D.J.'s Worst Enemy

D.J.'s Worst Enemy

by Robert Burch, Emil Weiss
     
 

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Set in the peach country of north Georgia during the 1930s, D.J.’s Worst Enemy is the story of a twelve-year-old boy deeply at odds with himself.

It seems as if D.J. Madison would prefer to make enemies than friends. His pranks have a mean-spirited edge to them, especially those he plays on his tag-along younger brother, “Skinny Little Renfroe,

Overview

Set in the peach country of north Georgia during the 1930s, D.J.’s Worst Enemy is the story of a twelve-year-old boy deeply at odds with himself.

It seems as if D.J. Madison would prefer to make enemies than friends. His pranks have a mean-spirited edge to them, especially those he plays on his tag-along younger brother, “Skinny Little Renfroe,” and his know-it-all older sister Clara May. D.J.’s friend Nutty is content with the friendly rivalry he and D.J. have with the four Castor boys who live nearby. D.J., however, would rather fight them for real than just wrestle. But, what D.J. does and what he feels inside are two different things. He knows that times are hard enough for his family. He really wants to act better toward them—toward everyone—but is not quite sure where or how to start.

Finally, D.J. goes too far. He seriously injures Renfroe and then ruins Clara May’s chances for a coveted community honor. Rather than get even, both Renfroe and Clara May turn to their family for support. In their strength D.J. finds his own, and vows that he will no longer be his own worst enemy.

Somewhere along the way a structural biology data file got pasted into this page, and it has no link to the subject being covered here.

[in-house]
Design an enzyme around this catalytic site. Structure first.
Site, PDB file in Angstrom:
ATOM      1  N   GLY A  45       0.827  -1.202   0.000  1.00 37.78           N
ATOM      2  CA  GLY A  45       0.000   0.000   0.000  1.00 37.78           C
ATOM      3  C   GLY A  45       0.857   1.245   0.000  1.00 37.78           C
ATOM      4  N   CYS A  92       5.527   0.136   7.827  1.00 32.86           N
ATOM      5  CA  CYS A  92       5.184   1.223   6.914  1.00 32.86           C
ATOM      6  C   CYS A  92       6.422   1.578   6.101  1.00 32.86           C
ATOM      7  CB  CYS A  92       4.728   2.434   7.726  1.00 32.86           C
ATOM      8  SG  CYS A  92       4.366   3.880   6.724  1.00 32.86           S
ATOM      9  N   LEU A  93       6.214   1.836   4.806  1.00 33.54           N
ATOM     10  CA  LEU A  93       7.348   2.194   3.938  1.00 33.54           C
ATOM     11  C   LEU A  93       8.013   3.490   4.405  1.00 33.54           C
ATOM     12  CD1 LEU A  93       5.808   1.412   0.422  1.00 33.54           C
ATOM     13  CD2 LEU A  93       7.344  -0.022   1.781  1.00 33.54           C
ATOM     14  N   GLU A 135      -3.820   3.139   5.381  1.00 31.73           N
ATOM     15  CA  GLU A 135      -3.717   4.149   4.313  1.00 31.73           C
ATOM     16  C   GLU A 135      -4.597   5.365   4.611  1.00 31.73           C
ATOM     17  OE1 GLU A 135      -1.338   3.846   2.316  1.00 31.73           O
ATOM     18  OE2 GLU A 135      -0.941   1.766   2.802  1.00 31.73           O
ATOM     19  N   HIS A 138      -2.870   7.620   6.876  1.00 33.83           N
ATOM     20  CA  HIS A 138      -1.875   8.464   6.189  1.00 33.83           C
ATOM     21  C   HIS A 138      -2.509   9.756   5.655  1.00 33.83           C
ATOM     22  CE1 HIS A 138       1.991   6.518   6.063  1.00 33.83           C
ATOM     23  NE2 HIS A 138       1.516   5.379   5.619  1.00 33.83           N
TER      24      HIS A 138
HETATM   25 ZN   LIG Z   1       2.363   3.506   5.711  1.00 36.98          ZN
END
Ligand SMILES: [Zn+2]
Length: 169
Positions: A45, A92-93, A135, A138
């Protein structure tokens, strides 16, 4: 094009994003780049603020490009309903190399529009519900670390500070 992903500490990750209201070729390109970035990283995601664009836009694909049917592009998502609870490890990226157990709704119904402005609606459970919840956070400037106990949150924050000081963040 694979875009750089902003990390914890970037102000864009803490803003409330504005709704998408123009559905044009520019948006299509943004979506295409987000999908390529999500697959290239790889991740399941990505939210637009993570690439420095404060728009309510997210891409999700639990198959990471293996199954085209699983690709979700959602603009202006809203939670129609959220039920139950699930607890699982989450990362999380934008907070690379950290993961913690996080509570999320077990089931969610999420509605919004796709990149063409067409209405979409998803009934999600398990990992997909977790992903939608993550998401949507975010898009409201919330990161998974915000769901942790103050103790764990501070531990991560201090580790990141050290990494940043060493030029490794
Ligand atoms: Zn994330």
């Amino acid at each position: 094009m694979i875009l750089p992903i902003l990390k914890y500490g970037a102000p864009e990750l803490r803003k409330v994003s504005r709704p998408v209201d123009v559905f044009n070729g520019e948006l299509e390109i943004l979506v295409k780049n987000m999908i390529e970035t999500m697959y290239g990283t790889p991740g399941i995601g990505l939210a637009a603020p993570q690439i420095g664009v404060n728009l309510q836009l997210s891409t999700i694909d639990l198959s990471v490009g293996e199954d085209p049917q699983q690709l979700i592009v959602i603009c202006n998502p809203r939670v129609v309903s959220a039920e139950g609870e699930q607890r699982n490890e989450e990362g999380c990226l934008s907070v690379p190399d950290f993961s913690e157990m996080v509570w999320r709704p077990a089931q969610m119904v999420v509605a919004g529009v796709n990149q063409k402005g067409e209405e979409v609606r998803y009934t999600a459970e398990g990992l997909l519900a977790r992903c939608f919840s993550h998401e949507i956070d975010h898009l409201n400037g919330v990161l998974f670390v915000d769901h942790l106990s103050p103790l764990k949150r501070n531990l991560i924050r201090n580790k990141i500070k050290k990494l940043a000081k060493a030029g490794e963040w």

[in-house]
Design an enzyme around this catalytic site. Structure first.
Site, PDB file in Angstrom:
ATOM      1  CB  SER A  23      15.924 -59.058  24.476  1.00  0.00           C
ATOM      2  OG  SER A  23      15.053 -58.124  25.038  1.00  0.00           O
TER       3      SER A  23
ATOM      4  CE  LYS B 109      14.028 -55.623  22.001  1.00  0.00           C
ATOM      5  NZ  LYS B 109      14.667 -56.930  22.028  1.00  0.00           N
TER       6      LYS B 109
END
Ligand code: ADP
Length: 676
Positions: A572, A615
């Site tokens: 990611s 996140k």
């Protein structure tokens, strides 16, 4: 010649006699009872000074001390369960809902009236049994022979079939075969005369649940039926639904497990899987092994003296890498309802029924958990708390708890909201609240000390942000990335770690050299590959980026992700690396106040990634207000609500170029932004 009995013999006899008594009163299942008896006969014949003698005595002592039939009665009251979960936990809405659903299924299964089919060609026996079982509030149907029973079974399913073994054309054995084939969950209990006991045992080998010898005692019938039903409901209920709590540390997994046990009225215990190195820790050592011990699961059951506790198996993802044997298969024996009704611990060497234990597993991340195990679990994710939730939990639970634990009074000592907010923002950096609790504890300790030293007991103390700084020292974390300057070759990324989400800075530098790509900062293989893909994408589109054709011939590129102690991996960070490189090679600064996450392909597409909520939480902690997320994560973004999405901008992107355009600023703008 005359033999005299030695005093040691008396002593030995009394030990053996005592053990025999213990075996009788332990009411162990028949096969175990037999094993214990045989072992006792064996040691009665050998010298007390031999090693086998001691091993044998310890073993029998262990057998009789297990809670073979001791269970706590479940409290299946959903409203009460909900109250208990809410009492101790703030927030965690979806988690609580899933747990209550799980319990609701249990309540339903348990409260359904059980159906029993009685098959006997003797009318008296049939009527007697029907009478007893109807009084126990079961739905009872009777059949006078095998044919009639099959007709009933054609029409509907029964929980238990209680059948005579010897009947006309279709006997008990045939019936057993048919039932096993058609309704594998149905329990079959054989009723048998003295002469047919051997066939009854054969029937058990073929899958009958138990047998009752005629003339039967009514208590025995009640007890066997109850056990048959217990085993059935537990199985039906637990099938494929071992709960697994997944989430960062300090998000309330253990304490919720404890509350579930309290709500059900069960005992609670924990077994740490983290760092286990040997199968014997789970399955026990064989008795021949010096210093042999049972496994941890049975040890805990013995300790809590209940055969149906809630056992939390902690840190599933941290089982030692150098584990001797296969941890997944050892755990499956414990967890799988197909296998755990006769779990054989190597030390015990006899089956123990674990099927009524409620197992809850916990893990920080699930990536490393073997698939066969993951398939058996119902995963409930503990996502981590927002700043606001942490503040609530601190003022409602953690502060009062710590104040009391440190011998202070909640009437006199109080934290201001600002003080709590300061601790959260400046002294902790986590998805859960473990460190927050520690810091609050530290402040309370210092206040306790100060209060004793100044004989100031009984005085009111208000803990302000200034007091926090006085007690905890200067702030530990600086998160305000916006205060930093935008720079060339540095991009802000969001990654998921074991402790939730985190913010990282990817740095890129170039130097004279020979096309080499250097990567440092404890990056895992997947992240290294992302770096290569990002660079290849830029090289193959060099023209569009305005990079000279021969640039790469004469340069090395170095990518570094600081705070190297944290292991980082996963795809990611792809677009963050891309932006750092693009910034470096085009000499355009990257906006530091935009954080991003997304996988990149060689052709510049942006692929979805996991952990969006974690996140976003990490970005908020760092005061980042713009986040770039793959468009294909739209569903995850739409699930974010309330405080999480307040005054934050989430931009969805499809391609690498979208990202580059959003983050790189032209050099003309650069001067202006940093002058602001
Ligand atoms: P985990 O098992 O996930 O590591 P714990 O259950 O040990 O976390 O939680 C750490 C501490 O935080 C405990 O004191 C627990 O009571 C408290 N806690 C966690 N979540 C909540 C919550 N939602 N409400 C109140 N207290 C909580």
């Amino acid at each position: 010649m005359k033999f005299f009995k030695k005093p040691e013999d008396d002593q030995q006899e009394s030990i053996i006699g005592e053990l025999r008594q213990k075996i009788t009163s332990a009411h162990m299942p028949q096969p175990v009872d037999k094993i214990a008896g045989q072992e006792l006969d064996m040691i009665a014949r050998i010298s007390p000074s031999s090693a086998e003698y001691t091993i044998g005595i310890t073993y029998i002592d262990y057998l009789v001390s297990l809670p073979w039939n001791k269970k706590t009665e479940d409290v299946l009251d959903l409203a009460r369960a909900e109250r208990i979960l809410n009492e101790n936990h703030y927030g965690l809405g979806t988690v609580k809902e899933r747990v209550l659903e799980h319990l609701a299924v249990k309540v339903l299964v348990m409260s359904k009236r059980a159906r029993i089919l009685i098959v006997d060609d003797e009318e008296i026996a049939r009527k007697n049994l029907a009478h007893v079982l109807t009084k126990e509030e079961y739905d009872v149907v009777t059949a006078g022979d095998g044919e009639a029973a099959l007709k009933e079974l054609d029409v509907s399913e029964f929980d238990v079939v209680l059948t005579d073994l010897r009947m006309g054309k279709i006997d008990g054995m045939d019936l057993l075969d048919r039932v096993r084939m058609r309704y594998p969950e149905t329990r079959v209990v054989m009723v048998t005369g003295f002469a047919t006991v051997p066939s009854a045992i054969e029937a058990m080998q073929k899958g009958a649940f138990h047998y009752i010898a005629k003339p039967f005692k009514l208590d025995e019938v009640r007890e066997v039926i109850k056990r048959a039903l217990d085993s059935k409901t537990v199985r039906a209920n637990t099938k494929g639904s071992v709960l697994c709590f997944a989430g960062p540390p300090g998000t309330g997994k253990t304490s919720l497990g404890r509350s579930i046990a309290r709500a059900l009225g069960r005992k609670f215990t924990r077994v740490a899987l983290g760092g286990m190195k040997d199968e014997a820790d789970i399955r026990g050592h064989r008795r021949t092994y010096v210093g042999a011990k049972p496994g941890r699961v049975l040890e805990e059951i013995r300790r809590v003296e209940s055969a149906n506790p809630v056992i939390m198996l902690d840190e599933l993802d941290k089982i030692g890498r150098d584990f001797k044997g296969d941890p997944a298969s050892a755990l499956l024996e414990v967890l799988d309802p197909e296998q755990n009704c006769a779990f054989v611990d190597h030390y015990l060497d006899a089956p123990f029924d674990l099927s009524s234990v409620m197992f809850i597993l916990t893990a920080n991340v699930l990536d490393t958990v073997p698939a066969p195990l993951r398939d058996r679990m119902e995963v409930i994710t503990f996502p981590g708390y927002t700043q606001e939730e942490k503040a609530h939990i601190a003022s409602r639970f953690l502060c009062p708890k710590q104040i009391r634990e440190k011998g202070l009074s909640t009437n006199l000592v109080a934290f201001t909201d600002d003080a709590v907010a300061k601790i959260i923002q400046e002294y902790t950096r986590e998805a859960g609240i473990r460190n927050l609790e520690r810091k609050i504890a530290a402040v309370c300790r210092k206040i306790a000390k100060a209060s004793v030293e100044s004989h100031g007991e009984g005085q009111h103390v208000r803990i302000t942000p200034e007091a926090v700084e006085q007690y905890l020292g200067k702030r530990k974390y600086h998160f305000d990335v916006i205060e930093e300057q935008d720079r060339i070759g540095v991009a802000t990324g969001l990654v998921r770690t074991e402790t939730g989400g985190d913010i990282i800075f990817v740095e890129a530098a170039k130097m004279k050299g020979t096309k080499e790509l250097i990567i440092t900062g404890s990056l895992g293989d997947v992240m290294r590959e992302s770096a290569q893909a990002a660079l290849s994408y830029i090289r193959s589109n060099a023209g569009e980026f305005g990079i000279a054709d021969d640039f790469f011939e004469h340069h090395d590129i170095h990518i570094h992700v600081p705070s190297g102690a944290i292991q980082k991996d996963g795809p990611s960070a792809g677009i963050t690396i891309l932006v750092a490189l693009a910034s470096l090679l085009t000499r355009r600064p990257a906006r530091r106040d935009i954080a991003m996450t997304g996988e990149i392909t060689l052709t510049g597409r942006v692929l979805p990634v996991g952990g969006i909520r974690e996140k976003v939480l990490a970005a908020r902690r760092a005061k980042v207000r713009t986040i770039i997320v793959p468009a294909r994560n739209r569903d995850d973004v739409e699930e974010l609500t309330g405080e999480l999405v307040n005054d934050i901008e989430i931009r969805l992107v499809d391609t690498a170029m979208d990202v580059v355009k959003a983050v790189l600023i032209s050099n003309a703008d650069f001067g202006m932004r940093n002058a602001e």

Editorial Reviews

From the Publisher

"Robert Burch writes with a sure touch and an instinctive understanding of boys in an unusually strong first-person narrative that can be read with pleasure by girls as well."--New York Times Book Review

"There is nothing bland about the regional picture of farming and peach-picking or about the portrayal of family relationships; rather, there is a striking vitality, due to D.J.’s keen perception and humor and his growth in appreciation of his family.”--Horn Book

"The whole book is alive. Highly recommended.”--Library Journal (starred review)

New York Times Book Review
Robert Burch writes with a sure touch and an instinctive understanding of boys in an unusually strong first-person narrative that can be read with pleasure by girls as well.

Horn Book
There is nothing bland about the regional picture of farming and peach-picking or about the portrayal of family relationships; rather, there is a striking vitality, due to D.J.’s keen perception and humor and his growth in appreciation of his family.

Product Details

ISBN-13:
9780820315546
Publisher:
University of Georgia Press
Publication date:
09/28/1993
Series:
Brown Thrasher Books Series
Edition description:
Reprint
Pages:
144
Product dimensions:
5.50(w) x 8.50(h) x 0.67(d)
Age Range:
9 - 11 Years

Meet the Author


Robert Burch has been praised by Atlanta Weekly magazine as "the author of some of the finest, most satisfying books for young people to be written in the South in this century." Author of nineteen books for children, Burch is a three-time winner of the Georgia Children's Book Award, an honor bestowed by the schoolchildren of the state. His story Queenie Peavy is a winner of the Children's Literature Association's Phoenix Award.

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